Eyewitnesses dismiss overnight rebel advances on Tripoli
On Saturday evening, rounds were fired close to a hotel hosting foreign journalists. Explosions were also heard in the area as NATO aircraft carried out heavy bombing runs after nightfall, the Associated Press reported.
Rebels were reported to be fighting in the city's Tajoura neighbourhood, as well as near Tripoli’s international airport. There have been reports that fighting also broke out in the neighborhoods of Soug Jomaa and Arada in the east. The NATO-backed rebels in Libya claimed that a battle for the capital Tripoli could unfold by the end of the month, as they have now taken control of key cities around the Gaddafi stronghold.
However, all these reports have proven false.
The director of Americans for Middle East Peace, Dr Franklin Lamb, who is in Tripoli right now, informed RT that reports of the rebels having entered Tripoli are nonsense, though sporadic gunfire is indeed being heard from time to time.
According to Dr Lamb, the real danger is posed by NATO planes that drop bombs and fire missiles at the city hourly.
In an audio tape aired on state TV, Colonel Gaddafi congratulated his supporters.
Independent journalist Lizzie Phelan says the reports are an effort by NATO to create panic.
“The only gunfire that we are hearing is celebratory gunfire,” she said. “And the only explosions that we are hearing are NATO air strikes or NATO sound bombs, which are clearly designed to create a sense of panic in the capital city of Tripoli.”
Phelan said that the Libyan rebels created fake footage of themselves in Zawiya and Tripoli, and were aided in disseminating the footage by, among other media outlets, Al Jazeera. The Qatar-based satellite television station, she argued, has been at the center of the media conspiracy against Libya. The Western mainstream media, she continued, in turn picked up these reports and repeated them, creating a sense of panic among the Libyan people.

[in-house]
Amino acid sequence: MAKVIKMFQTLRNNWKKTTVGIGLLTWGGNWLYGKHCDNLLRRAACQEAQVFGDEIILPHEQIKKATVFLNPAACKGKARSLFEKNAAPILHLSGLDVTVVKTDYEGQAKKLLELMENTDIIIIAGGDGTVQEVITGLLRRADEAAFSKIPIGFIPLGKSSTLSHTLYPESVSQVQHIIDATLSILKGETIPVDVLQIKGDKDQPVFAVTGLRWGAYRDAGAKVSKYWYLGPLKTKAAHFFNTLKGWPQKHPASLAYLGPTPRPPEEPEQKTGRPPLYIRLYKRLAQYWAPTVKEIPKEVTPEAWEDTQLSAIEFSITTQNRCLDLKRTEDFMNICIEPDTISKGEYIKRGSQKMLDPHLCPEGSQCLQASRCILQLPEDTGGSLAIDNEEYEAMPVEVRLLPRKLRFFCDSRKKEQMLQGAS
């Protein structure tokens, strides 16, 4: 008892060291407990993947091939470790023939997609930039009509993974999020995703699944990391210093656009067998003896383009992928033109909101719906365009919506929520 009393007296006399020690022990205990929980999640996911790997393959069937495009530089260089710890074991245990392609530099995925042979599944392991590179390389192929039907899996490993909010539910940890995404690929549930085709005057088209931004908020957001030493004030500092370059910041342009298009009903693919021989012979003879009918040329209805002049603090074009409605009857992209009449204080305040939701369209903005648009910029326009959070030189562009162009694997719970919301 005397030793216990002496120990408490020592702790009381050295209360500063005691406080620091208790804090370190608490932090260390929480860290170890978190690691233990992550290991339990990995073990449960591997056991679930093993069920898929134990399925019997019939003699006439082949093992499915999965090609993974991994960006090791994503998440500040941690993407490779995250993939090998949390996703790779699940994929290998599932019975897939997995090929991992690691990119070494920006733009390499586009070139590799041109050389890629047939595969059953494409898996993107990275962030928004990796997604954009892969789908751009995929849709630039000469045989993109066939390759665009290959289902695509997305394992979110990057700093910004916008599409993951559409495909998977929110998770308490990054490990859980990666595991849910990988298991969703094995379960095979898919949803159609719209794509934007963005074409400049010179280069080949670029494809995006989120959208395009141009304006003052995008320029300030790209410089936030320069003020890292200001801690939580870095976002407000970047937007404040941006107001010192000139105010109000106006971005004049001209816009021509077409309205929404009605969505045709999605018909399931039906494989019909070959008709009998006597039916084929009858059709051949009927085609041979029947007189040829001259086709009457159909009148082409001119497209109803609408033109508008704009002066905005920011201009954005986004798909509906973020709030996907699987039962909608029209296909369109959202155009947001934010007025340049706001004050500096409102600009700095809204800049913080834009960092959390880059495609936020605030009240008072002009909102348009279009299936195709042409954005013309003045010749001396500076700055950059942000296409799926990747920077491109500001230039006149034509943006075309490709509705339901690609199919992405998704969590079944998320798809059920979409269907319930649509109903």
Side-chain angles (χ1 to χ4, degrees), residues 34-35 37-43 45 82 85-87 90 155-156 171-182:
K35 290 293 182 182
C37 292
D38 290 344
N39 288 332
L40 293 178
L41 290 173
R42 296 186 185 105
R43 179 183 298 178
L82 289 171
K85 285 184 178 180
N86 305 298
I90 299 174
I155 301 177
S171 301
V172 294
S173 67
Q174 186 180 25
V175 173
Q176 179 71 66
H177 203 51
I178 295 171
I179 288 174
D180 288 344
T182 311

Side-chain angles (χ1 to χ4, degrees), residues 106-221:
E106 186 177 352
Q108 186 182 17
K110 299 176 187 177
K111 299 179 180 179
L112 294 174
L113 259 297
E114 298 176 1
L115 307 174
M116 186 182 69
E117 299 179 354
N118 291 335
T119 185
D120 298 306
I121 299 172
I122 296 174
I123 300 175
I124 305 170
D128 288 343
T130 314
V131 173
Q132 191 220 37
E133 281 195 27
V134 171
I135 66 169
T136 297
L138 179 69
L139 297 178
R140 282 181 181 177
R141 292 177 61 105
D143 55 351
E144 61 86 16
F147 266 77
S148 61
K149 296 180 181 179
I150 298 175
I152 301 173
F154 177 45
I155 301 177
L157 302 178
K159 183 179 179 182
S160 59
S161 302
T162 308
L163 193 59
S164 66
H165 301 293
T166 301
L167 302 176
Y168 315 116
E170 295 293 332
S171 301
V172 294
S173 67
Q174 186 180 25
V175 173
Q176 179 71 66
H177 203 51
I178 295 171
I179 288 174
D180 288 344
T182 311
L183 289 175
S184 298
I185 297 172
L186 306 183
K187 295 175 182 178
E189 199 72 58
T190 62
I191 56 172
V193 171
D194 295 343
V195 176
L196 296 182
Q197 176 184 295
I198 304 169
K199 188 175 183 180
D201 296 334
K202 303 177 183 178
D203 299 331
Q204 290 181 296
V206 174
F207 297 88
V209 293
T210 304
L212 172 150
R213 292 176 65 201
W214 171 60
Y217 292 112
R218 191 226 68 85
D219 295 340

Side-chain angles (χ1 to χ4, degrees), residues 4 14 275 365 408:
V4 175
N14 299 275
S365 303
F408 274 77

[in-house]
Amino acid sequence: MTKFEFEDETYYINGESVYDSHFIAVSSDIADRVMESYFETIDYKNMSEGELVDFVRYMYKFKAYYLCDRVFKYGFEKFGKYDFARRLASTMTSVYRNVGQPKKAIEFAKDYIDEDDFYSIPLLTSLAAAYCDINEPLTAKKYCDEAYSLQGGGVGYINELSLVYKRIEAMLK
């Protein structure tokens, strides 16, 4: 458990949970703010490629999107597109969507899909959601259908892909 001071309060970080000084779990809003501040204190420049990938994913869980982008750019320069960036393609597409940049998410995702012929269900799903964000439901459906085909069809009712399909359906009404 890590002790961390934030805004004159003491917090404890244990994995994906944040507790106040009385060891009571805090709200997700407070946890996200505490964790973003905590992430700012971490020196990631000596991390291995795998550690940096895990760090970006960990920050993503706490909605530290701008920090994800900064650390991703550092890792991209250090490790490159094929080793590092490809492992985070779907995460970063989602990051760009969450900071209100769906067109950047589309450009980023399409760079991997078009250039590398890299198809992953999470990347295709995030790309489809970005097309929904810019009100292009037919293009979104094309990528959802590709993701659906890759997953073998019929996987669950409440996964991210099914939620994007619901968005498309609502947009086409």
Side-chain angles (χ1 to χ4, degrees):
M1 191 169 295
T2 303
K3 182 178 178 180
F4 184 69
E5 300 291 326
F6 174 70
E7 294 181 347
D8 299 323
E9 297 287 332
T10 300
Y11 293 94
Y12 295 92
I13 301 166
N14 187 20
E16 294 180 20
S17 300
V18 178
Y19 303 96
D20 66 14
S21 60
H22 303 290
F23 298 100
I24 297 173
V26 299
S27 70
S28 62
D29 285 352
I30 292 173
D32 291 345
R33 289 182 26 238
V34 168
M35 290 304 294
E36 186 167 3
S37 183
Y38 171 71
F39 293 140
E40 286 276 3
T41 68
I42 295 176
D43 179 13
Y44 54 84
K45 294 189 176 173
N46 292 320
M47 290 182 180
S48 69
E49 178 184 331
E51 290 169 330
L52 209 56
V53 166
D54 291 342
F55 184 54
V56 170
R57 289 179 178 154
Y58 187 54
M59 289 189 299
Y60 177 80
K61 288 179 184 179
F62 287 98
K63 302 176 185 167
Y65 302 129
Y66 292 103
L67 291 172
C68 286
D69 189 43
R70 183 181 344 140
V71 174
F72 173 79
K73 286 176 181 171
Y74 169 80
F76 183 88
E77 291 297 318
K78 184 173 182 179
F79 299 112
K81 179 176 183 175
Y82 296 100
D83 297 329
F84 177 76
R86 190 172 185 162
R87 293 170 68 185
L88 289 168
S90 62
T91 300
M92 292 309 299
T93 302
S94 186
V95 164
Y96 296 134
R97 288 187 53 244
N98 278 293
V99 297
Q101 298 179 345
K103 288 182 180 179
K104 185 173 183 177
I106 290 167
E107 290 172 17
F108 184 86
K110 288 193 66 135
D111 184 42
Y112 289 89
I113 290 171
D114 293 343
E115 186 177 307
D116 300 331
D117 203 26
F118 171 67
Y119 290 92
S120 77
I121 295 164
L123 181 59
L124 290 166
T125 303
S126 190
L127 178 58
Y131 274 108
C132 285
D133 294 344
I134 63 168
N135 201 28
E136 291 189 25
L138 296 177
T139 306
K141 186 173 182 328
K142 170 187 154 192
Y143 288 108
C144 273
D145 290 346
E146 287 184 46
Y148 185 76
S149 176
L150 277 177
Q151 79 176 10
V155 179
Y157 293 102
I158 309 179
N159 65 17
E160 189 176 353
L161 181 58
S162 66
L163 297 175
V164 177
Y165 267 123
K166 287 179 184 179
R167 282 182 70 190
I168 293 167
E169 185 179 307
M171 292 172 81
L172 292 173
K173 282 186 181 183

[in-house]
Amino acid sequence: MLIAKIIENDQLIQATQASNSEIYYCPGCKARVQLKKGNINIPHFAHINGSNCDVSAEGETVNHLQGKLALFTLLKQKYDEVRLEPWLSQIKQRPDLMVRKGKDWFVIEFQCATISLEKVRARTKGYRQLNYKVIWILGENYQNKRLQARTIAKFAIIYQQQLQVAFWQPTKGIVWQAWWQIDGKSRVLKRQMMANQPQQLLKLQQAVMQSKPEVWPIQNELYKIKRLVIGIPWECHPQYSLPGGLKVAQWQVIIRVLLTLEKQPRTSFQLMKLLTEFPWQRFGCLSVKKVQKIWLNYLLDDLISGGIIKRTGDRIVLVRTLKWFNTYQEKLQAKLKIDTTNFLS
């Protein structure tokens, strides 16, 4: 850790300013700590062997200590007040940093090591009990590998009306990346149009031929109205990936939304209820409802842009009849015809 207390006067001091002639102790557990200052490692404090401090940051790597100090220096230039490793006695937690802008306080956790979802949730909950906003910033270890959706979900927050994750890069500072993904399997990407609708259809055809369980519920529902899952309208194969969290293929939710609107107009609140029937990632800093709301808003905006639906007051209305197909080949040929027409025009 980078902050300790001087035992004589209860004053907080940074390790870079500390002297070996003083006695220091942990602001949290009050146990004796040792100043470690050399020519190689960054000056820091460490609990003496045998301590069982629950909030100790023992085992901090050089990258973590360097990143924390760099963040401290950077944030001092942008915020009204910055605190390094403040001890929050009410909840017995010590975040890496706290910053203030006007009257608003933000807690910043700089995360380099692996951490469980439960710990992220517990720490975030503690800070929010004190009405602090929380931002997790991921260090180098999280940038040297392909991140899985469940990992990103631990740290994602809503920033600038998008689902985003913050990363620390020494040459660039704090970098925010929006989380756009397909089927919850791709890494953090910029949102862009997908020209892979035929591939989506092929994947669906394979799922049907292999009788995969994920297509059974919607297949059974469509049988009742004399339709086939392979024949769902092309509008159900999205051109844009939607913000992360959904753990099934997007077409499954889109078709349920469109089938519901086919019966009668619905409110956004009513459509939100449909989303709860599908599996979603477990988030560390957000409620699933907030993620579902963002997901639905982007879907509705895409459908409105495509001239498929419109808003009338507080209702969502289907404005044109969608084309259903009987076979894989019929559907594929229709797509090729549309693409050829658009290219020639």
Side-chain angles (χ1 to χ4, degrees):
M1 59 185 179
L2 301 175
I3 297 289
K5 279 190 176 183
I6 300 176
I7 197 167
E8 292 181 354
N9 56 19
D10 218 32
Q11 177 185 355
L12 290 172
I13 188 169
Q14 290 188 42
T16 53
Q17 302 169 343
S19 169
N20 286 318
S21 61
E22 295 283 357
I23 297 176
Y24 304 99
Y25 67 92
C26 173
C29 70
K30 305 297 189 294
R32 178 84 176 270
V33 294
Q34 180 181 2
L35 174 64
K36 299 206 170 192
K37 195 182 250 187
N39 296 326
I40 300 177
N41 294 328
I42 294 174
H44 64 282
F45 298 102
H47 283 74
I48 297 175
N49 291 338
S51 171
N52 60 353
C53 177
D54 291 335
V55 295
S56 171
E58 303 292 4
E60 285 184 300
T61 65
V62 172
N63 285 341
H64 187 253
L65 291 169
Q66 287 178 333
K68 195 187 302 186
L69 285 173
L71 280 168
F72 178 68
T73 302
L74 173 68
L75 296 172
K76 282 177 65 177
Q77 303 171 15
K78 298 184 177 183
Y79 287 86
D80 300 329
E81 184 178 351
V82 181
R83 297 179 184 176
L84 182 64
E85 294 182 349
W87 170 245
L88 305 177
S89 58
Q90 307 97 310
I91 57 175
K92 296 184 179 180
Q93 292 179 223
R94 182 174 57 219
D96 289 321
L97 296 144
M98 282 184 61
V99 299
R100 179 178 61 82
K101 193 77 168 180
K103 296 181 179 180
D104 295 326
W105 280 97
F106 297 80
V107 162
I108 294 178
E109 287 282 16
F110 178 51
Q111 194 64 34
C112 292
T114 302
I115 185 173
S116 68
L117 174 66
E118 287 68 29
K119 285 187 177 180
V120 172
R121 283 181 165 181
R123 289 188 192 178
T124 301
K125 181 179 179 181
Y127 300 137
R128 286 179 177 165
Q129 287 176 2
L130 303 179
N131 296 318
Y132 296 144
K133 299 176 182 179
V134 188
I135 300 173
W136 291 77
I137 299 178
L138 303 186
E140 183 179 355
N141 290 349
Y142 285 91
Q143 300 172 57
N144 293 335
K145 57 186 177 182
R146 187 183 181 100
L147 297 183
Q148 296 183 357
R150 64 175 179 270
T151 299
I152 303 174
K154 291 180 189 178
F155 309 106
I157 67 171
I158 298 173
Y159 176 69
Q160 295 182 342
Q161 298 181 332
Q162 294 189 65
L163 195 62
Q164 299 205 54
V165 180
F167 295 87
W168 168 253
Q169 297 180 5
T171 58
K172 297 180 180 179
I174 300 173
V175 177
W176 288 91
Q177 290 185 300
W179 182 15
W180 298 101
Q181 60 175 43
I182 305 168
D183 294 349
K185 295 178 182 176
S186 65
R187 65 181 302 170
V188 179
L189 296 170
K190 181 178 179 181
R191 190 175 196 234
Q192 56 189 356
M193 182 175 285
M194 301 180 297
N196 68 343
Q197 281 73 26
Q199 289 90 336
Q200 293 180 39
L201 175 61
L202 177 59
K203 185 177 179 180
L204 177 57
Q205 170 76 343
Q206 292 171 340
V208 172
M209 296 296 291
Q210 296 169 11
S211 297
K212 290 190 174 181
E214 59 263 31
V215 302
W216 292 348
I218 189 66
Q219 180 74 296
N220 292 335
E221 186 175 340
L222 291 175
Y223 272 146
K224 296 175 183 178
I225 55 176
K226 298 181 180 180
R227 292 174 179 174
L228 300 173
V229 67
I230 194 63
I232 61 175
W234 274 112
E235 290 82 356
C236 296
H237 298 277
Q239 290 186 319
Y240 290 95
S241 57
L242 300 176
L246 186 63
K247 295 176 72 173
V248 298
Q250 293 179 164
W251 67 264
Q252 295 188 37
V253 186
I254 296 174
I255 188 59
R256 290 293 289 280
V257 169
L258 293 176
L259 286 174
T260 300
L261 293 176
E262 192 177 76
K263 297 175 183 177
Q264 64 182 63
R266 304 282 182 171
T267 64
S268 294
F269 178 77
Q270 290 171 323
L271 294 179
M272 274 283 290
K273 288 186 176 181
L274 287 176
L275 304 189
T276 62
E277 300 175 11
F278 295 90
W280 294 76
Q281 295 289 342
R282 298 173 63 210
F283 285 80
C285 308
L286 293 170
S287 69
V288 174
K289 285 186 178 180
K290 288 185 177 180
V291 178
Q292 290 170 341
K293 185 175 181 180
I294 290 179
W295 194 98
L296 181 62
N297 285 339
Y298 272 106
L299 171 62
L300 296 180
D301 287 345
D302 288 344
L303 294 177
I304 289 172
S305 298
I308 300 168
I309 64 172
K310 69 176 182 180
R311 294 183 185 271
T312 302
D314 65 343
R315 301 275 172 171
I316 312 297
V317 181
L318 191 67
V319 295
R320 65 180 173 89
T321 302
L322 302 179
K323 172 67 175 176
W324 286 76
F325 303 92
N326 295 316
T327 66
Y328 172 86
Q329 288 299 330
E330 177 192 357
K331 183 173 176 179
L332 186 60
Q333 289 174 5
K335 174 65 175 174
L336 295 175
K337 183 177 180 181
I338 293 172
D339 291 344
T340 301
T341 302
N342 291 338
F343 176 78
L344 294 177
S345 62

“Later on in the areas like Soug Jomaa, after the prayers, a number of armed gangs emerged, which are essentially sleeper cells of rebels inside the city, and began firing randomly and threatening ordinary people, that if they did not join them they would be assassinated,” she said. “They then took footage of the empty streets, which created the sense that they were in the process of capturing the city.”
Many people in Tripoli have been armed by the government and these people came out to defend their capital, she added. Over the last few months, Tripoli residents have heard many claims of a rebel advance on the capital. But NATO air strikes remain the only reality for them, says Phelan.
Reports suggested some shooting overnight in Libya’s capital. Phelan referred to few rebel snipers having penetrated the city and taken up position in several buildings. The snipers aimed at the pro-Gaddafi rally that had started earlier in the evening. But their main aim seemed to sow panic rather than injure or kill. However, they were dealt with by the police quickly enough, said the journalist.
“The government spokesman came out and insisted that the situation had been brought under control,” Phelan claimed. “As a result, now in Green Square the masses have come out because they feel safe again and they are letting off celebratory gunfire and fireworks. Muammar Gaddafi spoke to the masses live via phone, because there have been reports that he fled the country.”
Political analyst Mahdi Nazemroaya says that the gunfire in the Libyan capital is sporadic and disorganized, and that its main purpose is to break down the morale of the population.
“The main point of the attacks in Tripoli is to break down the morale here and cause panic,” he said. “The media here at the hotel where I am staying has been part of this disinformation campaign. They just want to feed the panic here and want the regime to collapse. They are fueling and feeding this psychological war against this country.”